To celebrate that we all made it through a year (even though James and I look like we've aged five years), we threw a party for Woody.  I'd always thought of first birthday parties as more for the parents than the children, but Woody really seemed to enjoy his day.
Like any crazy mom, I tried my hand at baking the cake.  When it failed miserably, I bought these delicious cupcakes.  Everyone was happy.  I did succeed at making cute little cheddar goldfish crackers, though they were a true labor of love I won't be repeating often. 

True to his international roots, little Felix's guests were from around the world: Denmark, Japan, Mexico, Germany, Sweden, Ireland, UK, and the US. 
He was happy to show off his walking skills and push around his new packages.

The cupcake wasn't a quick hit.  In fact, I think he was a bit unnerved by the attention, the singing and the flame.  

But once he got his fingers in that cream cheese frosting and red velvet cake, there was no turning back.

Before we left Tokyo in June, we bought Woody a shinkansen train set.  We set it up for his first birthday and he was in love.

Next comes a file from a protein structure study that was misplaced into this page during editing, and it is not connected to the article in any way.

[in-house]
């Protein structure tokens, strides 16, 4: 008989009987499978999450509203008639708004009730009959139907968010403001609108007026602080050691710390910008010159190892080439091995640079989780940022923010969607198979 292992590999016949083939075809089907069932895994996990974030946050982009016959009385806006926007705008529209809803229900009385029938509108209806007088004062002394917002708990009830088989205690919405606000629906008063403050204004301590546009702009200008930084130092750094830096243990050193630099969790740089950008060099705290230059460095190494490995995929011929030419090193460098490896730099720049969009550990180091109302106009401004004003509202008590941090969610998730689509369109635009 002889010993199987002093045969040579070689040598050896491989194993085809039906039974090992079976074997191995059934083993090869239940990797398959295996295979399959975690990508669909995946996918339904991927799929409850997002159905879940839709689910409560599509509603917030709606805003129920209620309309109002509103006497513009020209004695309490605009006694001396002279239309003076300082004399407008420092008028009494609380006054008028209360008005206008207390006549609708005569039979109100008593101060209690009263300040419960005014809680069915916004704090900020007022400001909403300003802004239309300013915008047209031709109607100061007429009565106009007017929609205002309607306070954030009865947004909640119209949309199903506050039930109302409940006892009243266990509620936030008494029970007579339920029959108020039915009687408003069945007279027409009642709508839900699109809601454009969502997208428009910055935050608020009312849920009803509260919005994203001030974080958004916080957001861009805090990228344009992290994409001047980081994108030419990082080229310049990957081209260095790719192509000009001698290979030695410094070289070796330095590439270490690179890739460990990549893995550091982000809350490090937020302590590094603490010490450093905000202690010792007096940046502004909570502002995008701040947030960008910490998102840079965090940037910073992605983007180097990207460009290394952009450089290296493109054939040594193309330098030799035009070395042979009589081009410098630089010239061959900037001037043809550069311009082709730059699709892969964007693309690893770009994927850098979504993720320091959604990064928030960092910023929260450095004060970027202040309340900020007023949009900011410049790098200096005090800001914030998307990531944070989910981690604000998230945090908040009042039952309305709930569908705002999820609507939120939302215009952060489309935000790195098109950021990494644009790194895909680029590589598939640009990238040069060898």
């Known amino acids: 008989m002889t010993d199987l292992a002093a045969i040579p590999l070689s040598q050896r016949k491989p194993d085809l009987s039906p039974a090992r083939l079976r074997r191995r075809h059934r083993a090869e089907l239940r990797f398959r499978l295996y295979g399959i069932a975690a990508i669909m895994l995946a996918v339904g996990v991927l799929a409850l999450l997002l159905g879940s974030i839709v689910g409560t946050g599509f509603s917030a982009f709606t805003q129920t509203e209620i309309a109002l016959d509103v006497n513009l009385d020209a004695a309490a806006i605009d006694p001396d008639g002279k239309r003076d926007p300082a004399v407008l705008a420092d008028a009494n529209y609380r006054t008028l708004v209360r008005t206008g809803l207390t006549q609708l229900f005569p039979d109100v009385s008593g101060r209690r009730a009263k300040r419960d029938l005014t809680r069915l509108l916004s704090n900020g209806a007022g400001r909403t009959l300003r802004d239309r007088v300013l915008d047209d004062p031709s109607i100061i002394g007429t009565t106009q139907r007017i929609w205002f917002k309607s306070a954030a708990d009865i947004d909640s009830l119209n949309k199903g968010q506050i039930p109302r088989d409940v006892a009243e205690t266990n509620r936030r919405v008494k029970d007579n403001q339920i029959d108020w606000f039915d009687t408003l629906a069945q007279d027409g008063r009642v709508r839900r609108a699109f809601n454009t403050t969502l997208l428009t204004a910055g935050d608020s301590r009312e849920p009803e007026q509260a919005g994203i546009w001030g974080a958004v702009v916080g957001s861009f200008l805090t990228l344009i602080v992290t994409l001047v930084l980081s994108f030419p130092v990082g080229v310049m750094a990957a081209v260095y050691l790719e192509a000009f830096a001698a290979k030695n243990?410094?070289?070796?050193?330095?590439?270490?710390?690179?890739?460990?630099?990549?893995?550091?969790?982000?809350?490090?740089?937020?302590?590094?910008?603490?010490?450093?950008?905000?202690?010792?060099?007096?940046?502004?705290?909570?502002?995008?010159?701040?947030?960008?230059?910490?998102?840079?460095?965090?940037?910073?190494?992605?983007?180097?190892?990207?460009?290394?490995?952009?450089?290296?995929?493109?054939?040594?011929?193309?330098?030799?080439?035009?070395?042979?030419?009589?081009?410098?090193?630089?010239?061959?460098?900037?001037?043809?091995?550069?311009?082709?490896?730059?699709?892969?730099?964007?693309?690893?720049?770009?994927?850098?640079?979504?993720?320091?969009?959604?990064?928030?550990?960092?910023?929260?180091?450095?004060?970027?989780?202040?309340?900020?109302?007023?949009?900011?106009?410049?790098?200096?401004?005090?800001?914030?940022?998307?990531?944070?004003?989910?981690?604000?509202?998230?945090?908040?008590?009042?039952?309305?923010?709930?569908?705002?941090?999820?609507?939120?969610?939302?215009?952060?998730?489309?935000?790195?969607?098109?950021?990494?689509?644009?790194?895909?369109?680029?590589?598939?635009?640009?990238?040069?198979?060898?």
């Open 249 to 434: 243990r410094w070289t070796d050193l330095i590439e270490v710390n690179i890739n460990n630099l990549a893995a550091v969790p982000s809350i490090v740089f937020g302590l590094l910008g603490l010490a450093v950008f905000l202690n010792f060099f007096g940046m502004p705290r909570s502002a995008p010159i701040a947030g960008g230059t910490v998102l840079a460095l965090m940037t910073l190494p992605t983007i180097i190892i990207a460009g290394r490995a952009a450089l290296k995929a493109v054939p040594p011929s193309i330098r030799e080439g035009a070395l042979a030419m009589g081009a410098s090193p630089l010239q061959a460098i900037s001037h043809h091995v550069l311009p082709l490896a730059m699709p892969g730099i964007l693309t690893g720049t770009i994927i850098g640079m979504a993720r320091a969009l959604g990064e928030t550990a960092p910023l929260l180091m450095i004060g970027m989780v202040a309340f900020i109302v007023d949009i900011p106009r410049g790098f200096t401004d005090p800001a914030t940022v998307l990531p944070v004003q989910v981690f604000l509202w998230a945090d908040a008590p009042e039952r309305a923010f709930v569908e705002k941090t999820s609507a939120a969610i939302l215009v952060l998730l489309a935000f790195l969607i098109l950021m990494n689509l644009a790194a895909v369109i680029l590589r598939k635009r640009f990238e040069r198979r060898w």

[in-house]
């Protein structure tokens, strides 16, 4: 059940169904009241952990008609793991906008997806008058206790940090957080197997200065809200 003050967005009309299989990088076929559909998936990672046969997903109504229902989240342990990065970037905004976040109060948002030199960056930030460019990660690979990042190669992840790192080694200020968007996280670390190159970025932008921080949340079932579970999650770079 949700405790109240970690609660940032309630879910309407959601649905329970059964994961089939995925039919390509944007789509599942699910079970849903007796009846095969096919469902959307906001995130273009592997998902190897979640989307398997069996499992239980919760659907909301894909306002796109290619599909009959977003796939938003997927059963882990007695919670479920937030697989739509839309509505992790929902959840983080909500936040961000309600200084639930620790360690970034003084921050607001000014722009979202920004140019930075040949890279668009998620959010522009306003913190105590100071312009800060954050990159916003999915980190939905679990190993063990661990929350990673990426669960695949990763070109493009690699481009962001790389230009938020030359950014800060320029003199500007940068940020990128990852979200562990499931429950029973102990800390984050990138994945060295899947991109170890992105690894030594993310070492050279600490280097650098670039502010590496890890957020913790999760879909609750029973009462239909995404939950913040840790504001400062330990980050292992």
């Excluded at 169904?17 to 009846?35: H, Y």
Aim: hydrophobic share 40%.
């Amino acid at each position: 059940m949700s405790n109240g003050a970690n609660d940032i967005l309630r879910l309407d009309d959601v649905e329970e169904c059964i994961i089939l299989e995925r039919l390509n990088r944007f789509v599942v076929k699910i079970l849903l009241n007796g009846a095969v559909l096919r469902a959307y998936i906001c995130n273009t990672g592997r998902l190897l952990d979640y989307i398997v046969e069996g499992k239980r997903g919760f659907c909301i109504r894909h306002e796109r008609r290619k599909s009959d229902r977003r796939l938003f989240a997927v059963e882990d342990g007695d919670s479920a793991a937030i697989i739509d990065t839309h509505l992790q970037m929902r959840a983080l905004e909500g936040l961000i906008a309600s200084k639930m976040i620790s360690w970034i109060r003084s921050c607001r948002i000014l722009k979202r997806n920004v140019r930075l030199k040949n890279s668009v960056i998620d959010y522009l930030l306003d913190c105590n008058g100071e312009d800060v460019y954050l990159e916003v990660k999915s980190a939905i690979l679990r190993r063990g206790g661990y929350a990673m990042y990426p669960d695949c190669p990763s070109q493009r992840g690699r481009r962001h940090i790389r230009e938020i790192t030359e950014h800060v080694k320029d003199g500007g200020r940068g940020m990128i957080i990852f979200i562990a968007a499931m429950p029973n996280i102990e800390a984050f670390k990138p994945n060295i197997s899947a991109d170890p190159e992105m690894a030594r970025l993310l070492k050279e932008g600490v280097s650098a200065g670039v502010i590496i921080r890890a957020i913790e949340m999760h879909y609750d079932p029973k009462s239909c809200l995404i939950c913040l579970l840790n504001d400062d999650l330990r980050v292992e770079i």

But then he went all Godzilla on it, and we've since had to put it away until he's ready for it. 

Every good party ends with a kiss.  Woody sure knows how to woo the ladies. This is our cute little 5 year old Mexican-Danish neighbor from upstairs.

 It was a good day and Woody is looking forward to doing it all again tomorrow (or next year, whichever comes first).

16 February, 2012

The Grocery Store

At the risk of sounding like a disgruntled stay-at-home-mother, I'm going to talk about grocery shopping because it is the single most frustrating thing about living in Denmark. Food is a large part of my daily existence (probably yours too?) and getting it is no easy task in Denmark.  Everything from service to price to selection to long, long lines becomes a point of contention, and the reason why I have, more than a handful of times, walked out of a store empty-handed in total frustration.